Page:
You approach a sequel to a 10-year-old movie — that movie itself a somewhat tired rehash of an original movie made 15 years ago — with trepidation. What reason can there be for “Men in Black 3″ to exist other than to greedily scoop more of the box-office haul the first two movies?
What made the original 1997 movie so much fun was its complete novelty: It was the alien-invasion version of “Ghostbusters” only much funnier since stars Will Smith and Tommy Lee Jones played their black-suited federal agents with earnest seriousness, which made the goofy things they did when they zapped aliens into extraterrestrial goo or performed special effects-aided slapstick all the funnier.
Turns out the minds behind “MIB3″ did go back to the drawing board to re-establish the comic foundation of the film series based on Lowell Cunningham’s Malibu Comic. While nothing can rival the crazy charm of the original film, “MIB3″ comes damn close.
The comedy firm of Smith and Jones slots back nicely into the original roles, that of the smarty-pants junior partner to the no-nonsense, tight-to-the-vest veteran agent … or so we’re seduced into thinking. They bicker and feud like an old married couple only Smith’s Agent J begins to realize how precious little he actually knows about the taciturn Agent K.
Then the fate of the world, the thing that is invariably at stake in all “MIB” movies, demands time travel. Which means Agent J must not only journey back to 1969 to save Agent K’s life, but in so doing meets Agent K’s much younger self and learns the answer to his question “Whatever happened to you?”
Now here’s where the movie gets wickedly funny. Playing the much younger Tommy Lee Jones is none other than his co-star in “No Country For Old Men” and “In the Valley of Elah,” Josh Brolin. When I say Brolin does a spot-on impression of Jones, I don’t mean like Rich Little doing Nixon, which was an exaggerated imitation of mannerisms and personality ticks, but an interpretation of a well-known actor playing a particularly well-known movie character — an impersonation that works on so many levels and each one of them funny that this needs its own category for the Oscars. It’s dead-on spectacular.
As with any “MIB” movie, the less discussion of the plot, the better. The fate of the world this time has something to do with the 1969 Apollo 11 launch from Cape Canaveral to the moon; a villainous alien called Boris (a just-right Jemaine Clement), aka Boris the Animal but he really hates being called that; and the secret origins of the Agents J & K friendship.
The ride includes some nifty new alien creatures both modern day and 1969 versions, which are pleasingly retro; even niftier monocycles for the men in black; and an awesome time leap off New York City’s Chrysler Building that takes Agent J through a truncated version of the origins of the planet.
There are also two creatures out of time due extra kudos here: One is Michael Stuhlbarg’s Griffin, an anxious though friendly alien with the damning gift of being able to see all possible outcomes in any sequential set of events, and Bill Hader’s Andy Warhol, actually a MIB undercover agent. Only Warhol hates his cover, that of an outré artiste who paints soup cans!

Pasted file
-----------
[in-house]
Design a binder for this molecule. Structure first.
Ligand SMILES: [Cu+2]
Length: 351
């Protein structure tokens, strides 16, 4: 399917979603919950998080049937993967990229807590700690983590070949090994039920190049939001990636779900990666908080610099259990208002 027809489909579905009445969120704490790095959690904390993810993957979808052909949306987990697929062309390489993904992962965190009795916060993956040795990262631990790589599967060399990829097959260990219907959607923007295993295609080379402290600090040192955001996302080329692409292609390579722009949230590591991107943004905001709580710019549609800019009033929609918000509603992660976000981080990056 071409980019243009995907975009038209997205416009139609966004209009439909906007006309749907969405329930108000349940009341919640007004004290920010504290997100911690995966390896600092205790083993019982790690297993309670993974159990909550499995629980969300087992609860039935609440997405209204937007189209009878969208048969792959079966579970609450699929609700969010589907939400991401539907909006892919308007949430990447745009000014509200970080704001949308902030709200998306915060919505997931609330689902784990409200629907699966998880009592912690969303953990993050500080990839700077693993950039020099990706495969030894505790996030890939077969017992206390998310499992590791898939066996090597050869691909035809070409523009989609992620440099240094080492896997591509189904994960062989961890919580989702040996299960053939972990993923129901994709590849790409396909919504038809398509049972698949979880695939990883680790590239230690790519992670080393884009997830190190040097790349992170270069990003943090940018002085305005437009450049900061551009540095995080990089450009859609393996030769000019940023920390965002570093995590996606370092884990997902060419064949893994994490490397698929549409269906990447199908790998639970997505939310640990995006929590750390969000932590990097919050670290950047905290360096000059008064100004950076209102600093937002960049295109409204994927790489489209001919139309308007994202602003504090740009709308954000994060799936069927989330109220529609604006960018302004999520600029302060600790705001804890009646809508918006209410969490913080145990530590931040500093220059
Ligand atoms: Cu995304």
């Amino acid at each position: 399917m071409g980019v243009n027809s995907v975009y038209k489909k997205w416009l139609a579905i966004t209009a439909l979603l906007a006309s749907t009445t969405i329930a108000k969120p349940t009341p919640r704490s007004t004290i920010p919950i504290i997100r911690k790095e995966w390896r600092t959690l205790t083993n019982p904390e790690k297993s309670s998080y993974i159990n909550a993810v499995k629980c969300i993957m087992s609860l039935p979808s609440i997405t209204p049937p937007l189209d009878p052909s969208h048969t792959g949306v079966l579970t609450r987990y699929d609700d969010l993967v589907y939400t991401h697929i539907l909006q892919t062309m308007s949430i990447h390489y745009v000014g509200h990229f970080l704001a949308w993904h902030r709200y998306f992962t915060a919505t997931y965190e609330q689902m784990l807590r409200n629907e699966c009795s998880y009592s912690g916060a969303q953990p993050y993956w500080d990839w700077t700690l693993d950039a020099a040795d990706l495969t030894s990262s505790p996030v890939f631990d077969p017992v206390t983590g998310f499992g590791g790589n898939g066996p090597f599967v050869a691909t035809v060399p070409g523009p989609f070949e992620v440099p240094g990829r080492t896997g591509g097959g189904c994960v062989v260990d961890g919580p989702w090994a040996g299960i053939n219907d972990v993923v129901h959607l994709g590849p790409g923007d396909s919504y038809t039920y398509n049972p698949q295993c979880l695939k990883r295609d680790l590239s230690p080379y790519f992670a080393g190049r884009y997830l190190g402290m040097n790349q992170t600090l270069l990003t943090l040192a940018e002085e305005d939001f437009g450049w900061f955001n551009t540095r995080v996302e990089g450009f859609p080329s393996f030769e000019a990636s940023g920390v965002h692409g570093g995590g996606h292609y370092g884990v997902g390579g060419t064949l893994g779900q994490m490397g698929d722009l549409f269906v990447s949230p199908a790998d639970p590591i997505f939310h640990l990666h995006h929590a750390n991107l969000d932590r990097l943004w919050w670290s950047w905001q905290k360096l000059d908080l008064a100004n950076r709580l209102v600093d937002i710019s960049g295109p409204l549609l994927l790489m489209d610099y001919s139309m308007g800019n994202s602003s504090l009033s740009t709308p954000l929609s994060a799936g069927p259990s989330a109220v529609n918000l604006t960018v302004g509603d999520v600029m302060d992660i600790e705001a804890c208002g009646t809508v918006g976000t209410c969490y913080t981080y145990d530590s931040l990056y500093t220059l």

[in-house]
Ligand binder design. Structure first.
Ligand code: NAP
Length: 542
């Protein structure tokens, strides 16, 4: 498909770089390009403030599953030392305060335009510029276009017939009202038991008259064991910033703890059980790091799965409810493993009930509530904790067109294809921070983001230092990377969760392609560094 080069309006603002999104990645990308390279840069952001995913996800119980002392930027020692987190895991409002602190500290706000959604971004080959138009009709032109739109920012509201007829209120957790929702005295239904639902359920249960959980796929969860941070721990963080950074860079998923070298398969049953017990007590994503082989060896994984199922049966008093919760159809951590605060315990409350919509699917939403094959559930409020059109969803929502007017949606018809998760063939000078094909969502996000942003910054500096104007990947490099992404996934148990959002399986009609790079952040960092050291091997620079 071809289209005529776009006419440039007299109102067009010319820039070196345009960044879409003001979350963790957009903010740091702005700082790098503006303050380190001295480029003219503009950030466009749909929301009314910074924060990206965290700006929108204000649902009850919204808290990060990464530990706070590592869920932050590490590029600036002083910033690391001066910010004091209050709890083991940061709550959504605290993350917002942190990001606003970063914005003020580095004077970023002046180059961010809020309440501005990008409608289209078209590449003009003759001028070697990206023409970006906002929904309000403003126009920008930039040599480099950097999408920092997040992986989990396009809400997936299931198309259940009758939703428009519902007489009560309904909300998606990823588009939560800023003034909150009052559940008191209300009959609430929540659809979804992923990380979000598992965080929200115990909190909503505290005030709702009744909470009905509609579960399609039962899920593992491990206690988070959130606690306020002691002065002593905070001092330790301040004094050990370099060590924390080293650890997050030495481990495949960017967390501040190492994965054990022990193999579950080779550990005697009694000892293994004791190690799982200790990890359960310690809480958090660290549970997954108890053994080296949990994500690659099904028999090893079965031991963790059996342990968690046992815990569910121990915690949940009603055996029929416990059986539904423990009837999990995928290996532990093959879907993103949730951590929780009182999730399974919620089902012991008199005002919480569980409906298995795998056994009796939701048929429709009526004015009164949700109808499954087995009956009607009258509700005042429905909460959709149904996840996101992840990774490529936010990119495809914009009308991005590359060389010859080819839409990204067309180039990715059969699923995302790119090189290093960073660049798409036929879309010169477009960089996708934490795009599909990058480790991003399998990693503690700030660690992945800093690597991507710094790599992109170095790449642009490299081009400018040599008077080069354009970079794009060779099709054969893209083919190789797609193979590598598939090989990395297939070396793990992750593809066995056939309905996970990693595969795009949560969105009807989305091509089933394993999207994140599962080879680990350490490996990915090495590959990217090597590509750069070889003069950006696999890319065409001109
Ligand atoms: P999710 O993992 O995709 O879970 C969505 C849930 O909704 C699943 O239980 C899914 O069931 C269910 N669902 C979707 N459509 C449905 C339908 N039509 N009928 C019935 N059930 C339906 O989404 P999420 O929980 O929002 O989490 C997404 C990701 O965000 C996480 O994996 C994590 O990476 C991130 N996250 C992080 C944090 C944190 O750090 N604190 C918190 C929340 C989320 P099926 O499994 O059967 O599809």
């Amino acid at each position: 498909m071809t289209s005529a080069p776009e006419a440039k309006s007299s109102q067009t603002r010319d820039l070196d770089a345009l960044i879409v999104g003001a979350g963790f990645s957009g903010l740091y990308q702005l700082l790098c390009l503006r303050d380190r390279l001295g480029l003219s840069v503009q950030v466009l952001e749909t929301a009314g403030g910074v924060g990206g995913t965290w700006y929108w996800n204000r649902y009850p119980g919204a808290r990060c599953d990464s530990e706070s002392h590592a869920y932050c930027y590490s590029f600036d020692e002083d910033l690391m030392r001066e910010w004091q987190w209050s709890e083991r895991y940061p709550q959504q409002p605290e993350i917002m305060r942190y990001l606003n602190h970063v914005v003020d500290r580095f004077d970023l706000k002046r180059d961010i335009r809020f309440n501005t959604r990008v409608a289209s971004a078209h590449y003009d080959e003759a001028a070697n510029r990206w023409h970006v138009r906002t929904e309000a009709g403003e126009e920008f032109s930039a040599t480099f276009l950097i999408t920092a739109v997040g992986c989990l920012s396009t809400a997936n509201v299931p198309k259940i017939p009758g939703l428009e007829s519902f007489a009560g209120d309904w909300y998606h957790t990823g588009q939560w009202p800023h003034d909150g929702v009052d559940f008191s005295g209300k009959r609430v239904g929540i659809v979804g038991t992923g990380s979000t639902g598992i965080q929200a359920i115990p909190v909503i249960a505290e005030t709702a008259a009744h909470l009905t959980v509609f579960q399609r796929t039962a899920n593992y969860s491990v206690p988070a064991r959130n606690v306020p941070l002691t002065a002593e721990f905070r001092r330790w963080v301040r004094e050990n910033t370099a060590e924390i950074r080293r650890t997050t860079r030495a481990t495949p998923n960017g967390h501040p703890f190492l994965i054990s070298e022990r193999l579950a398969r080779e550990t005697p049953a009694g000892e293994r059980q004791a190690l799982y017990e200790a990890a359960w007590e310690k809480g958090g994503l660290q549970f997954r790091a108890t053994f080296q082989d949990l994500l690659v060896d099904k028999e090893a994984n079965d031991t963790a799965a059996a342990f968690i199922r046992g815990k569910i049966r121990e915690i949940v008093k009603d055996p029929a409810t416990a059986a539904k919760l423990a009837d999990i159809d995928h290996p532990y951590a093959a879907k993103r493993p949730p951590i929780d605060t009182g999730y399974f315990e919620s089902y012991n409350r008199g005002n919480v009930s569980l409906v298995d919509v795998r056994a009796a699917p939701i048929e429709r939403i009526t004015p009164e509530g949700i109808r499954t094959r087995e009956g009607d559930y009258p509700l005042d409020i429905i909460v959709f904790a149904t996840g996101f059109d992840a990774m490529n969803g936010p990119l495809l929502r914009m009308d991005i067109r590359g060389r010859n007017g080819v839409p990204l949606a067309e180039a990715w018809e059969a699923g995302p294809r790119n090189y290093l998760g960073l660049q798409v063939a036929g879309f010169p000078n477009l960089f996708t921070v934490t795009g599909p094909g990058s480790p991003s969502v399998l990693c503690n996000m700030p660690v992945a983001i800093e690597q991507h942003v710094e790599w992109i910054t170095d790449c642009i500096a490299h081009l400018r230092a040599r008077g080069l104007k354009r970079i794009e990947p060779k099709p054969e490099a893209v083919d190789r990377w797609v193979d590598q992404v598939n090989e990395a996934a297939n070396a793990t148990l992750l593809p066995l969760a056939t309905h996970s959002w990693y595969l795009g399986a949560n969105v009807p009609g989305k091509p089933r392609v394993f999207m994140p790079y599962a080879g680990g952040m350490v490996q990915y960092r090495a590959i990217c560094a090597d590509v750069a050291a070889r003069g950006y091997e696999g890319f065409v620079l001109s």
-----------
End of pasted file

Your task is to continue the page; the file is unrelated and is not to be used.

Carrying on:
It is also during this sequence where Agents J and K the Younger crash Warhol’s The Factory in 1969 that you learn that all models at all periods of time are aliens. The minute you hear this you say to yourself: Of course, that’s true. Why didn’t I already know that!
So you see what kind of sly humor writer Etan Cohen (“Tropic Thunder,” “Madagascar: Escape 2 Africa”) sneaks into his chock-full-of-jokes screenplay.
What’s more, I believe it can be said Cohen is one of the few if not the only Harvard grad with a degree in Yiddish working successfully in the Hollywood entertainment industry.
Another young/older double casting comes with Agent O, the agency’s head, played in modern day by Emma Thompson and in 1969 by Alice Eve. This is the one plot thread that never really ravels. It’s meant to chart a tenuous romantic relationship between O and K but it’s never more than just OK. Maybe “MIB4″ can explore this in great dimension.
Returning director Barry Sonnenfeld has lost none of his comic chops. He gracefully blends the most fantastic visual effects (supervised by Ken Ralston and Jay Redd) and creature make-up (by Rick Baker) with the wit and comic byplay generated by J and K, both older and younger versions.
So, yes indeed, “MIB3″ more than justifies its existence in cinemas. It defines how a summer tentpole extravaganza should look and act. It’s a neat juggling act between snarky satire and self-parody, a pleasing fusion of big-budget effects and human comedy and a refreshing reintroduction to one of the best comedy acts since Hope and Crosby set out on all those road pictures.
Opens: May 25 (Columbia Pictures)
Production companies: Columbia Pictures in association with Hemisphere Media Capital presents an Amblin Entertainment production in association with P+M Image Nation
Cast: Will Smith, Tommy Lee Jones, Josh Brolin, Emma Thompson, Jemaine Clement, Michael Stuhbarg, Alice Eve, Bill Hader, David Rasche
Director: Barry Sonnenfeld
Screenwriter: Etan Cohen
Based on the Malibu Comic by: Lowell Cunningham
Producers: Walter F. Parkes, Laurie MacDonald
Executive producers: Steven Spielberg, G. Mac Brown
Director of photography: Bill Pope
Production designer: Bo Welch
Music: Danny Elfman
Visual effects supervisors: Ken Ralston, Jay Redd
Alien make-up effects: Rick Baker
Costume designer: Mary Vogt
Editor: Don Zimmerman
PG-13 rating, 106 minutes